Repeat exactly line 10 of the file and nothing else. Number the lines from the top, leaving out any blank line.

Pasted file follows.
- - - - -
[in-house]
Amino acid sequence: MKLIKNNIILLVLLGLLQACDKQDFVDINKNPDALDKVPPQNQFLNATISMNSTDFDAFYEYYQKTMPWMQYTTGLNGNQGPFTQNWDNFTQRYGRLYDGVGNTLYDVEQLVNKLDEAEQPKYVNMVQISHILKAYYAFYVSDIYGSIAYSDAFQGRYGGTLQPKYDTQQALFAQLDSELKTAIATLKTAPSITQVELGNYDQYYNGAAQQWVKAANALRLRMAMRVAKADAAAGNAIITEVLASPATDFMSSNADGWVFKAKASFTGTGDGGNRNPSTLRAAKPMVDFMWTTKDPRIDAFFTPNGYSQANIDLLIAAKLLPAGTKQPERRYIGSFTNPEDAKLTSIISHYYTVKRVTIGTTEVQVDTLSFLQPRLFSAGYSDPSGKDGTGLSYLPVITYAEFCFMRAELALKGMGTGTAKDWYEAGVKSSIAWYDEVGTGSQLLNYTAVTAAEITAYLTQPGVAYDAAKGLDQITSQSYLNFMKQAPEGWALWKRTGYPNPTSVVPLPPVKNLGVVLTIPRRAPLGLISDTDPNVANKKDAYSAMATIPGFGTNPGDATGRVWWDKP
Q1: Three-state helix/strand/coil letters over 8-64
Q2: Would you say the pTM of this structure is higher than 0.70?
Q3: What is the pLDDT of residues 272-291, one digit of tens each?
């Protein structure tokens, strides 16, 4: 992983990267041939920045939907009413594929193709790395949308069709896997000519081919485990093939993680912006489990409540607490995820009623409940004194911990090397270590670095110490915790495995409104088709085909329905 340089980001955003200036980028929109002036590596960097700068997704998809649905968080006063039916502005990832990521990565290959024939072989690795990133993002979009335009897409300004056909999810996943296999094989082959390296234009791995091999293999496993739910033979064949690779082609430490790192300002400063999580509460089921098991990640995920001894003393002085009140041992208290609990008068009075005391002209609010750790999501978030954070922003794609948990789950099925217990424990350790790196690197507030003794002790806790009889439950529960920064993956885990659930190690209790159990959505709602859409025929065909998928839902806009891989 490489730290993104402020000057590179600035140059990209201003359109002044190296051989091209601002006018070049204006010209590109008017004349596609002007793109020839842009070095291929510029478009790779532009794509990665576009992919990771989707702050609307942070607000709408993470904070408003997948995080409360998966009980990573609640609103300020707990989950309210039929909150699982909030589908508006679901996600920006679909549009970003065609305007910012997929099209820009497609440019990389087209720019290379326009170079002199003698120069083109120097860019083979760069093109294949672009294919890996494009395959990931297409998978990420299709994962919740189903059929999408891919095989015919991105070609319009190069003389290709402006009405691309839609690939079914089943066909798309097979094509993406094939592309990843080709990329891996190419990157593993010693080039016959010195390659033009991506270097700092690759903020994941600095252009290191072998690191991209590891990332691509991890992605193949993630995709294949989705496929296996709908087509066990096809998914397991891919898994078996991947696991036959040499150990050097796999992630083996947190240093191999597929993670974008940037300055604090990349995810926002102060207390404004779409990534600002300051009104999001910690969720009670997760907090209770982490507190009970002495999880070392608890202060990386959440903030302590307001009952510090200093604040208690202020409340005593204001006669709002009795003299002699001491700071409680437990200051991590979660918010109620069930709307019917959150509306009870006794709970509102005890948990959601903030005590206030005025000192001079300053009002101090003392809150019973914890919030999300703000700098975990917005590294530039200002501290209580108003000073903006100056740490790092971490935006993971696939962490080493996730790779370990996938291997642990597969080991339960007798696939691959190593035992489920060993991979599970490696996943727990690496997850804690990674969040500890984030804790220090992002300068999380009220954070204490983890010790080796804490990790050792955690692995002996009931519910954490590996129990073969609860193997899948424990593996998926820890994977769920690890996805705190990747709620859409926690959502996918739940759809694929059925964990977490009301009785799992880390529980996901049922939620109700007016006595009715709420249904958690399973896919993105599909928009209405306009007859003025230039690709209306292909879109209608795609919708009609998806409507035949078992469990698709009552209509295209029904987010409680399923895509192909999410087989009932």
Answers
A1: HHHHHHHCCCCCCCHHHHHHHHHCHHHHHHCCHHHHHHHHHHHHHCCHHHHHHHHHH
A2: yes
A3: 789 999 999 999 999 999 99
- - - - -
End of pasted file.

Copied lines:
A3: 789 999 999 999 999 999 99